Definition of Project Manager
Project manager is the person, who is responsible for deliver the project deliverables within the budget and within the time frame, in accordance with technical specifications, and, when specified, in accomplishment of profit objectives. There is no one particular representation for a project manager. Different projects require different approaches. Project managers are more often either transformed functional managers or, specially trained professionals.
Attributes of Project Manager
The Good Project Manager should have some or all of the below specified attributes.
The Project Manager need to manage a group of people, keep the project budget in order and up-to-date, create an accurate status report, and schedule meetings. He/She has tend to succeed on the need to keep all of these activities together, stay on task and keep a project team moving forward. Also Project Manager needs to keep track of requirements and design documents, contracts, schedules, personnel records, project reports, communication (email) records, hiring history, meetings and status reports.
The common thread running through all the essential skills needed to be a great Project Manager is working with people. Whether it’s defining the scope of a project, exercising change control or closing a project out, the more comfortable Project Managers are with interacting with people the more successful they will be in their role. The Project Manager is the central information repository for both project teams and the sponsors. Many times the timeliness and thoroughness of his or her communication can be critical to the success of the current tasks and the project as a whole.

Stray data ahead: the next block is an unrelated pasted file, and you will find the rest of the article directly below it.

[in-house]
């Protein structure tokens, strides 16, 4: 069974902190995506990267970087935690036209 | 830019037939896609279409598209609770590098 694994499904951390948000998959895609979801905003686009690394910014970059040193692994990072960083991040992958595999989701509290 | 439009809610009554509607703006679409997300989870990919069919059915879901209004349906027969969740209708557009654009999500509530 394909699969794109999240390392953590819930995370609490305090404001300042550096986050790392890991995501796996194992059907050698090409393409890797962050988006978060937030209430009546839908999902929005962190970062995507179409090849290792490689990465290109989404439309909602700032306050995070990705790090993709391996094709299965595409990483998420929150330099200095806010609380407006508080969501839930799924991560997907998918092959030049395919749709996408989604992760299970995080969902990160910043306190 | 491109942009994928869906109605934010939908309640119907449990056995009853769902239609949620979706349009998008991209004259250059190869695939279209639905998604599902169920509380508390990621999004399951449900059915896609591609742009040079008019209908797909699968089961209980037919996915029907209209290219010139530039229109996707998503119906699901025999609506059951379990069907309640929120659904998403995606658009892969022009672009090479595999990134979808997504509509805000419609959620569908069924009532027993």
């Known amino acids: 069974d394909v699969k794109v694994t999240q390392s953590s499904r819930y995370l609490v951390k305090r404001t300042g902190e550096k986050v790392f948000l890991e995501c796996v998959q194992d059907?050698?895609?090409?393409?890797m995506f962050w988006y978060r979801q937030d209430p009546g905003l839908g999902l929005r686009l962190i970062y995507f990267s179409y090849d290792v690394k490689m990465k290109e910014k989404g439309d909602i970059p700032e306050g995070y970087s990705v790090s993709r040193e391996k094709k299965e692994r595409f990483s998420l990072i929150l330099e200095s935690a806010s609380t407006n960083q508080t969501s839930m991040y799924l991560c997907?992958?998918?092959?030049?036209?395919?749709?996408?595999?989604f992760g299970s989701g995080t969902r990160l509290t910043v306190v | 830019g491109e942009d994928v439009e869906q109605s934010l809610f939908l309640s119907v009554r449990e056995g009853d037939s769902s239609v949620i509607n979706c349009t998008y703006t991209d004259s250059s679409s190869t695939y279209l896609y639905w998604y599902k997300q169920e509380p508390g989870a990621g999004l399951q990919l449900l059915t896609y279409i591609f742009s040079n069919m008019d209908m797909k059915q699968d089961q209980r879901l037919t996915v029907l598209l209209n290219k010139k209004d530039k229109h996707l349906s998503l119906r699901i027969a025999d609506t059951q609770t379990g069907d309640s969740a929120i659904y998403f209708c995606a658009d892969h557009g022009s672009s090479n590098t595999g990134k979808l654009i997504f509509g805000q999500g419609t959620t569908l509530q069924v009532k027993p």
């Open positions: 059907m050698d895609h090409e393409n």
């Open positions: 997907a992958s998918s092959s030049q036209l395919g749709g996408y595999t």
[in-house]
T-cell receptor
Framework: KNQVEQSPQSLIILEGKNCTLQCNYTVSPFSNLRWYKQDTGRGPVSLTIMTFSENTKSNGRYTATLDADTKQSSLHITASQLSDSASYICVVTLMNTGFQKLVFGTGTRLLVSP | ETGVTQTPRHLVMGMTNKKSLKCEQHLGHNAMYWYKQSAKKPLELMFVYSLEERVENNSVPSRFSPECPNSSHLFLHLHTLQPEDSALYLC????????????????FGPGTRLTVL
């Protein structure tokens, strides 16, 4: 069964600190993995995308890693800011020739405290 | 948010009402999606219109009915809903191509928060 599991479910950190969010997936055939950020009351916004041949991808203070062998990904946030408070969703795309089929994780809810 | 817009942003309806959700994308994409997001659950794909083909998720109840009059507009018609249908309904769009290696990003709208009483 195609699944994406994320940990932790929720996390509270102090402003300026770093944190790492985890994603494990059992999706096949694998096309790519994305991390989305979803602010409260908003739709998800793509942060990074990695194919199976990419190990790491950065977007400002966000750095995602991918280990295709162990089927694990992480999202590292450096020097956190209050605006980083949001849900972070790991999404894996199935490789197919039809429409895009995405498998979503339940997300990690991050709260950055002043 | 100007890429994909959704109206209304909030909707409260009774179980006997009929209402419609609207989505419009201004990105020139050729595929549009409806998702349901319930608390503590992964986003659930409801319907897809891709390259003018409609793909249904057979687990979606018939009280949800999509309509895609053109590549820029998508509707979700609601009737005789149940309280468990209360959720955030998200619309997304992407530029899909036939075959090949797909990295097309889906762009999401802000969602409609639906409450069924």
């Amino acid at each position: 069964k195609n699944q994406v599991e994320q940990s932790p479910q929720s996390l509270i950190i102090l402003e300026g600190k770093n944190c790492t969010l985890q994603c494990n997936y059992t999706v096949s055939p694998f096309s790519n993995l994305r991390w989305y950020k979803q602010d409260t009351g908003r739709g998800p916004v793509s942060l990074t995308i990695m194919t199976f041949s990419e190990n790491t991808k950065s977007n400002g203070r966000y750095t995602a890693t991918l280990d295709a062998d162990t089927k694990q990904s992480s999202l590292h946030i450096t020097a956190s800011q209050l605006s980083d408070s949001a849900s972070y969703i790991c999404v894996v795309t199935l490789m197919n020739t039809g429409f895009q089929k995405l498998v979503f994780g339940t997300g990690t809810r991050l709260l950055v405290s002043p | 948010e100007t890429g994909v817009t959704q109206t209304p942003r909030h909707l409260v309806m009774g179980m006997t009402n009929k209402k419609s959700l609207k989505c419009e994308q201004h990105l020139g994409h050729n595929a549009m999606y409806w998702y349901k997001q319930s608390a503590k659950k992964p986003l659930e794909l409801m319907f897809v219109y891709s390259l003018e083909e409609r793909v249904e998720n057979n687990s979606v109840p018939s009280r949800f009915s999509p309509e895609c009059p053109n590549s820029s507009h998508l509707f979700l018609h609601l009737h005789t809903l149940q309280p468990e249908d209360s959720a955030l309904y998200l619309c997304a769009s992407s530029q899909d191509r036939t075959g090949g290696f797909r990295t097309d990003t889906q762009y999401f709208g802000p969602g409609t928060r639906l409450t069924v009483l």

The Project Manager will have to negotiate on a variety of project issues, such as availability and level of resources, schedules, priorities, standards, procedures, costs, quality and people issues. It is likely that throughout the project’s life cycle the Project Manager will be involved in many negotiation processes. The Project Manager may have to negotiate with someone over whom he has no direct authority or who has no direct authority over him. Project Managers need to be able to manage the outcome of a negotiation such that the differences in what each side gets are kept to an absolute minimum and conflict is avoided.
One of the most important characteristics that a Project Manager must display is confidence. A weak Project Manager will lose control of the team, the customer, the scope, and ultimately their job. A customer will sense the weakness and either use that to take over control of the project or possibly request that the Project Manager be replaced. Skilled technical resources will never look up to their Project Manager as a competent leader if they sense they are weak in their decision making, or simply lack the technological knowledge. The Project Manager must be ready to take charge and not afraid to make tough or unpopular decisions. They also must be ready to fight for their project, their customer and their team members.
As important as confidence is, the Project Manager must also know when to listen and rely not on their own understanding. As Project Managers, they doomed to fail if they do not listen to others and look to their team and the customer for vital information and feedback as the project progresses. In many cases the Business Analyst is even closer to the customer and the day-to-day activities on the project and it is absolutely necessary that the Project Manager have a mutually respectful working relationship with the Business Analyst and listen carefully to their input. It may be the best information they receive throughout the project.
Well Connected in the Organization
There is no question that the Project Manager is the point person on the project team. Sometimes, in...
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